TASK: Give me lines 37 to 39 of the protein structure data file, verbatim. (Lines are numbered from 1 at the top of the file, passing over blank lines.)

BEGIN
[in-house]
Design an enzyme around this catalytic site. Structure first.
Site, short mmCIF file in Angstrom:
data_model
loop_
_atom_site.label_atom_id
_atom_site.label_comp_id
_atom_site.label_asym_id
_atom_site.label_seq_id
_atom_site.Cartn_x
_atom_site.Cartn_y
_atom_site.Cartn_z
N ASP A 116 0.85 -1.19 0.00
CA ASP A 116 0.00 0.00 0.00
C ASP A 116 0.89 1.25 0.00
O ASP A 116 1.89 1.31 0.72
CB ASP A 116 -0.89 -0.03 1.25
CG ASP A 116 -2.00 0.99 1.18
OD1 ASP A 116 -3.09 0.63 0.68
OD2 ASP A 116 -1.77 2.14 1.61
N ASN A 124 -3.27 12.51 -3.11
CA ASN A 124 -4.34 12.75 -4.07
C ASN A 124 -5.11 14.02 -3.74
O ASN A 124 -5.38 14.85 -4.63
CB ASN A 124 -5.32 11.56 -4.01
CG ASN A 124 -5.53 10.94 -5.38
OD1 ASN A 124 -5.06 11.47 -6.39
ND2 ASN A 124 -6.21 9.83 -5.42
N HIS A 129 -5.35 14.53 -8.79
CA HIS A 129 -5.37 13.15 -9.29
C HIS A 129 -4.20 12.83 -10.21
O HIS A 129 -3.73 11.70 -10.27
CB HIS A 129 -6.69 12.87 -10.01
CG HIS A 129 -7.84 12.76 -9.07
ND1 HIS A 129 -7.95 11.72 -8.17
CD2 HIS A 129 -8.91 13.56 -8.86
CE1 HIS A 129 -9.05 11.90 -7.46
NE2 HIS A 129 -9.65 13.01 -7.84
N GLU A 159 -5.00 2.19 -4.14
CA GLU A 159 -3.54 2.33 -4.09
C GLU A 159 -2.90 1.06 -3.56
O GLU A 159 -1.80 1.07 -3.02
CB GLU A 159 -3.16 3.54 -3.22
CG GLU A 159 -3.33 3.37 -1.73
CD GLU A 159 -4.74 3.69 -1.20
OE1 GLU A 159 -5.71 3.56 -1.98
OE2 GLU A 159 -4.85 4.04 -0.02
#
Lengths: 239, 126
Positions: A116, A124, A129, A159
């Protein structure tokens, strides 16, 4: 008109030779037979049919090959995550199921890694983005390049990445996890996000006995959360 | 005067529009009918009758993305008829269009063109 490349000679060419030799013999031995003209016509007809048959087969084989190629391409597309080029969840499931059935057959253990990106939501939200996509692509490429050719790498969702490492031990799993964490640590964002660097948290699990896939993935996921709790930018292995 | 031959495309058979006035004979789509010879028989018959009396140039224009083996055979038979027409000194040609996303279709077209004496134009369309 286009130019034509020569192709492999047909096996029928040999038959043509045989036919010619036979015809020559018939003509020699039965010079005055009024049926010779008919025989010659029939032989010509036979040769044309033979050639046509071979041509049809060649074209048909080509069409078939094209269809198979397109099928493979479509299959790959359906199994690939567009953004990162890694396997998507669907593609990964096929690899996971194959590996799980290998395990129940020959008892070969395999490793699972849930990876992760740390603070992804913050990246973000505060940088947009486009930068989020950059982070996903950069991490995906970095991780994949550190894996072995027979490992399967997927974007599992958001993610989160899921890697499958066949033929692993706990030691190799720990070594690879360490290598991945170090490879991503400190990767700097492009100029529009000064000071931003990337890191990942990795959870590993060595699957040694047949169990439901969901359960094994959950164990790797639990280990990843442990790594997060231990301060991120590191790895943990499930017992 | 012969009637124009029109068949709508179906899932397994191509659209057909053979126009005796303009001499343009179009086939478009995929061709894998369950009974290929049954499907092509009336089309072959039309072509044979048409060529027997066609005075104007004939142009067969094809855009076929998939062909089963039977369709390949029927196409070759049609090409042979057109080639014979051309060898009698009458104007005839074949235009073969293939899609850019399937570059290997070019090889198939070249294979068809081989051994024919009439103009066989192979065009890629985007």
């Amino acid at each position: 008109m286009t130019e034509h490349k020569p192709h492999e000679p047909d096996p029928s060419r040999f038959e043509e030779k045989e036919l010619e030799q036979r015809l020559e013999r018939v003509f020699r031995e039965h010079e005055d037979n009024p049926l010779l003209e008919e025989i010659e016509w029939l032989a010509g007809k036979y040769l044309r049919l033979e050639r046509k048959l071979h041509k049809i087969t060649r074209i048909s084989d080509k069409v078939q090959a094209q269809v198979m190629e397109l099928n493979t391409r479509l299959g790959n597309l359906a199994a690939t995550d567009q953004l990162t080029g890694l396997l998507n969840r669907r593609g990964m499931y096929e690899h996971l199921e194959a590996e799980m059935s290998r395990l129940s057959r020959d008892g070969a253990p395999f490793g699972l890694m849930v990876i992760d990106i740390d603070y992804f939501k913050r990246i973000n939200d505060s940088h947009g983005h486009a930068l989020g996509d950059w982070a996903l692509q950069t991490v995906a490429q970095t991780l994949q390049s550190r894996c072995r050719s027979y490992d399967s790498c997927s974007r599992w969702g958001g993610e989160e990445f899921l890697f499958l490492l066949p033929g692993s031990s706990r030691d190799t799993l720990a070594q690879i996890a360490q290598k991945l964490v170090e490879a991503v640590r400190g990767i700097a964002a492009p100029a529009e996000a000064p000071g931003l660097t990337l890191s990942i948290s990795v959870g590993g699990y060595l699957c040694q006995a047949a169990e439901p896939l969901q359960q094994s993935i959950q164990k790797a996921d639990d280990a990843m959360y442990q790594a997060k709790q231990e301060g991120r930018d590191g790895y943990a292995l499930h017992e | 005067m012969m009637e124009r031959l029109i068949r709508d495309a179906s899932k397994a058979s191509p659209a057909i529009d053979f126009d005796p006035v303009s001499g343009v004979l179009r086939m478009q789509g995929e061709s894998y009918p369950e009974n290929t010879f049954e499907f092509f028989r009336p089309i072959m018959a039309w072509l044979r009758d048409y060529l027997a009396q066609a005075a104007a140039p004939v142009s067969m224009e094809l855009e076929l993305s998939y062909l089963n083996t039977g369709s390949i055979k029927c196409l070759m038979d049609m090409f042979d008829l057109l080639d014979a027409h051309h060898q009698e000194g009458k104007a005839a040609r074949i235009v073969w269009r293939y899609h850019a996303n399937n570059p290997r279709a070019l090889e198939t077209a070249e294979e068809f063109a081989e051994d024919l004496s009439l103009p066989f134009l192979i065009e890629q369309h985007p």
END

CE1 HIS A 129 -9.05 11.90 -7.46
NE2 HIS A 129 -9.65 13.01 -7.84
N GLU A 159 -5.00 2.19 -4.14